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Old 02-10-2011, 08:23 PM
curmy curmy is offline
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Default canning tomatoes in oven?

I was talking with a coworker about canning different meats and vegetables today and she told me that she puts her filled quart jars of cooked tomatoes in the oven at 250 degrees for a couple of hours. She says they seal perfectly.

Anyone else here of this? Pros and cons on doing it this way will be greatly appreciated. Thanks alot!

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Old 02-10-2011, 09:23 PM
TEX Female TEX is offline
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At one point in time it was considered safe to bring just get your tomatoes really hot on the stove, pour into jars and seal - they had to be hot enough to seal good. Now many tomatoes don't have high enough acid content to be considered save any other way than pressure canning.
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Old 02-11-2011, 12:07 AM
oldtimer oldtimer is offline
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Lot of oldtimers did it that way. Had a neighbor lady always canned like that then one day she was taking her pan of jars out of the oven and several of them blew up as she was taken them out, she was scalded terribly and all cut up from the glass that blew all over.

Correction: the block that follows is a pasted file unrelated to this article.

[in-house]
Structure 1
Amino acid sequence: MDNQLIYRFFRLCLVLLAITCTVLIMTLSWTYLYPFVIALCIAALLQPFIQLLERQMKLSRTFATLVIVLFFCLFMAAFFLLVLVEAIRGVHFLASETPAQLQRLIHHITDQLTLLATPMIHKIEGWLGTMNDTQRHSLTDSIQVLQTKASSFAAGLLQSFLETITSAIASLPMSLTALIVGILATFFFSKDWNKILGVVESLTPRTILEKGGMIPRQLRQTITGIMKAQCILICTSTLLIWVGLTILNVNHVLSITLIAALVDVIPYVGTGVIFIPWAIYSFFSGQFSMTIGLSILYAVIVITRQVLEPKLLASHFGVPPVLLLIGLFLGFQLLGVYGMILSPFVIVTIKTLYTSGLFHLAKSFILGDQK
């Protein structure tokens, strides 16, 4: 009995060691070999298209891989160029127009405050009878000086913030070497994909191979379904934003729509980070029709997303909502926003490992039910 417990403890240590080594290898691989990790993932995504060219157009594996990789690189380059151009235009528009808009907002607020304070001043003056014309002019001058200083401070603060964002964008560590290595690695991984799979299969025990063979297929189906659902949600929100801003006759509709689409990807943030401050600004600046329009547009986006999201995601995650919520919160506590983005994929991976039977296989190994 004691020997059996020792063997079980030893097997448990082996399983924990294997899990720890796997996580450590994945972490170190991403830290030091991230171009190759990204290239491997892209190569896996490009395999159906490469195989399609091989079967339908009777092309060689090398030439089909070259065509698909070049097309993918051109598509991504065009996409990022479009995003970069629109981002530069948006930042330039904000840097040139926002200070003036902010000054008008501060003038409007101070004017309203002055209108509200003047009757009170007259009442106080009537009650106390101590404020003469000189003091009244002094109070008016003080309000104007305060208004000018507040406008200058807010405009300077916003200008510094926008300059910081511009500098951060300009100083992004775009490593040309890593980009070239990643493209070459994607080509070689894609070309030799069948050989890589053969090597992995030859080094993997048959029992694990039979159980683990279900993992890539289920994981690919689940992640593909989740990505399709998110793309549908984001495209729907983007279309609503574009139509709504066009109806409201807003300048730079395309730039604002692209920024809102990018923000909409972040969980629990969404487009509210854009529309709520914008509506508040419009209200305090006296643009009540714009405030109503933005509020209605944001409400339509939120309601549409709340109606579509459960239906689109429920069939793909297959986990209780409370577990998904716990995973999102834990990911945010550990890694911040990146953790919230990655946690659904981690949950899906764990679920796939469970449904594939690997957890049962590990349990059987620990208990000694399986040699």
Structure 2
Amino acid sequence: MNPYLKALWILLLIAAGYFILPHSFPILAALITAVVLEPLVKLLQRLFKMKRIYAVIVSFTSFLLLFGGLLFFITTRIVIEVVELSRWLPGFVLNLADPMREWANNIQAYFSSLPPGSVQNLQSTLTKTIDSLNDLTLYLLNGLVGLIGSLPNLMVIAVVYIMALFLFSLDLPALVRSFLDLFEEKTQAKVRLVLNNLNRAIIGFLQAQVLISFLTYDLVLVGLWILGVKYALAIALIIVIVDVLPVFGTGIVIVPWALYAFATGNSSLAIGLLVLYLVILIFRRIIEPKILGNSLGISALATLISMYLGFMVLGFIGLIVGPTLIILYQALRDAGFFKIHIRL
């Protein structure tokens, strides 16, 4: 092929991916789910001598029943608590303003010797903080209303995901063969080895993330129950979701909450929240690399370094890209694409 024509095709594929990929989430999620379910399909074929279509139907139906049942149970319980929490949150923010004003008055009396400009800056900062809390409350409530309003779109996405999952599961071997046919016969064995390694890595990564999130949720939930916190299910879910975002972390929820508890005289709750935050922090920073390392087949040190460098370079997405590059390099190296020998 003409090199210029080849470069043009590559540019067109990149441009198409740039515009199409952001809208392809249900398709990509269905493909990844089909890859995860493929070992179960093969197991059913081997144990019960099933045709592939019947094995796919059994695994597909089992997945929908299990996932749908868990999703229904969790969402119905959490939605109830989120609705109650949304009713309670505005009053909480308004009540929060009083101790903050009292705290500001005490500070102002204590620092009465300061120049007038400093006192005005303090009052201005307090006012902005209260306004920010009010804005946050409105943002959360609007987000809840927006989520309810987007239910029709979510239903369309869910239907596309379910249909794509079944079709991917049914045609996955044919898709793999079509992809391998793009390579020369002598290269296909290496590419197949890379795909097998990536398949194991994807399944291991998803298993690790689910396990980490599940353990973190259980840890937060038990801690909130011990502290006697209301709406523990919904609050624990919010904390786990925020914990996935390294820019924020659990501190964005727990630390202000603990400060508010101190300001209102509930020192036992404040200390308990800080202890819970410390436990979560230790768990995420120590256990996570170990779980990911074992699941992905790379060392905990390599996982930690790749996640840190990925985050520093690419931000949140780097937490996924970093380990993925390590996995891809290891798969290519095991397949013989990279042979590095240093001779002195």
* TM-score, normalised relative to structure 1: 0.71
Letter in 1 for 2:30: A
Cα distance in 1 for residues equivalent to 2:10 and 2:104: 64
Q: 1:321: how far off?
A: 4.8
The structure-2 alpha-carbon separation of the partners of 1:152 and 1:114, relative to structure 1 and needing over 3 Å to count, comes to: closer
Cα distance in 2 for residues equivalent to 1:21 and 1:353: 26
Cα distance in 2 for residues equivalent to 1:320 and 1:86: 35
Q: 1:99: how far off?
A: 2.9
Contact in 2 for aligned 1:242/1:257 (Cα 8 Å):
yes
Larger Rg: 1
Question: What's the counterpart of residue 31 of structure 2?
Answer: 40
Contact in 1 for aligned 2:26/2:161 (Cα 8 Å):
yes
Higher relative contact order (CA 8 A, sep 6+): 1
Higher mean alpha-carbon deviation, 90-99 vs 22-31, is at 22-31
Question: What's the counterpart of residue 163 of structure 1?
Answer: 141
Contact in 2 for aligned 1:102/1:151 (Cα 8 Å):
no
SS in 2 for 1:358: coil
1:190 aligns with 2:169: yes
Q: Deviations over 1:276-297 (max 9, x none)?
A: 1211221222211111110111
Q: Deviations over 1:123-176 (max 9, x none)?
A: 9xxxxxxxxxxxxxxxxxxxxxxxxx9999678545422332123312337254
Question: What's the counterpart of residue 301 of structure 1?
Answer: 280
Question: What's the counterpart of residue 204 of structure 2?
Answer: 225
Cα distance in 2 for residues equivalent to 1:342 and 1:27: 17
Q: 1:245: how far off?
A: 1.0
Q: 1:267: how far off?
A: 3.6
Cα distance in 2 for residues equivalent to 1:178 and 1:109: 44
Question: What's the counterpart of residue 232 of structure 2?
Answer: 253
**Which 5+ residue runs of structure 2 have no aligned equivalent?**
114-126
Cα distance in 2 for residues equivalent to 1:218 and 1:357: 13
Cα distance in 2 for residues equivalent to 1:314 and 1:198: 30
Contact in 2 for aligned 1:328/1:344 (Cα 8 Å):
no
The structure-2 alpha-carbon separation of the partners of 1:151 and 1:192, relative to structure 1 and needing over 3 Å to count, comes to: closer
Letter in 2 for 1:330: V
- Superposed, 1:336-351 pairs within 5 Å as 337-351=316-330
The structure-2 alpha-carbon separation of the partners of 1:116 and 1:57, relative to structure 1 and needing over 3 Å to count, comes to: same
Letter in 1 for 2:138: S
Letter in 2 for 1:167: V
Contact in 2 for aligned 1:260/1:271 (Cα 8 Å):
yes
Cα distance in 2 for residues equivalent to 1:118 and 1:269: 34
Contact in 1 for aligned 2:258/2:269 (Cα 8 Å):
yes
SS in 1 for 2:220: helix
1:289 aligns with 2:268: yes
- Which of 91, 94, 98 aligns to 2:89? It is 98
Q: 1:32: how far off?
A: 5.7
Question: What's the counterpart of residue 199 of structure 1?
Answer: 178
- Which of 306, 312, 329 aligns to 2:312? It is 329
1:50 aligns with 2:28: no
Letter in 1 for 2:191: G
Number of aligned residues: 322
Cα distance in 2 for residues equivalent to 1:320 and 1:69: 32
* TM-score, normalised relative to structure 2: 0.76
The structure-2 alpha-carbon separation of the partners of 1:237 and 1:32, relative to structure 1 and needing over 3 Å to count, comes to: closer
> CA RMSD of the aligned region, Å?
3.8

I wouldn't recommend it at all for safety reasons. Water bath works just fine. Better to be safe than sorry.
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Old 02-11-2011, 05:29 AM
NCLee NCLee is offline
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Oven isn't considered to be safe from both the glass factor and making sure what's in the jar is safe to eat.

Oven Canning Oven-canning is extremely hazardous. The oven canning method involves placing jars in an oven and heating. In oven canning, product temperatures never exceed the boiling point, and uniform heat penetration cannot be assured. It is, therefore, not considered safe to use for home canning. Because this process fails to destroy the many bacteria, including the spores of Clostridium botulinum, it can cause the food to become toxic during storage. Also, canning jars are not designed for intense dry heat and may explode resulting in serious cuts or burns.
Is it safe to process food in the oven?
No. This can be dangerous because the temperature will vary according to the accuracy of oven regulators and circulation of heat. Dry heat is very slow in penetrating into jars of food. Also, jars explode easily in the oven.
Now a FWIW....

I switched to pressure canning tomatoes many years ago. If memory serves, in the early 90's, testing was done of the newer hybrid lower acid tomatoes. Some varietys just don't have enough acid in them to deactivate bolulism spores. Without extensive research, there's no way of knowing, for sure, which hybrids are safe for traditional waterbath. If a neighbor gives a bushel of tomatoes, often there's no way of knowing what they planted either.

When waterbath canning tomatoes, additional acid is needed to bring the pH into the safe range. One of the best uses there is for store bought lemon juice in a bottle, as I don't care for it for other food/recipes uses. (Good for cleaning copper, BTW.)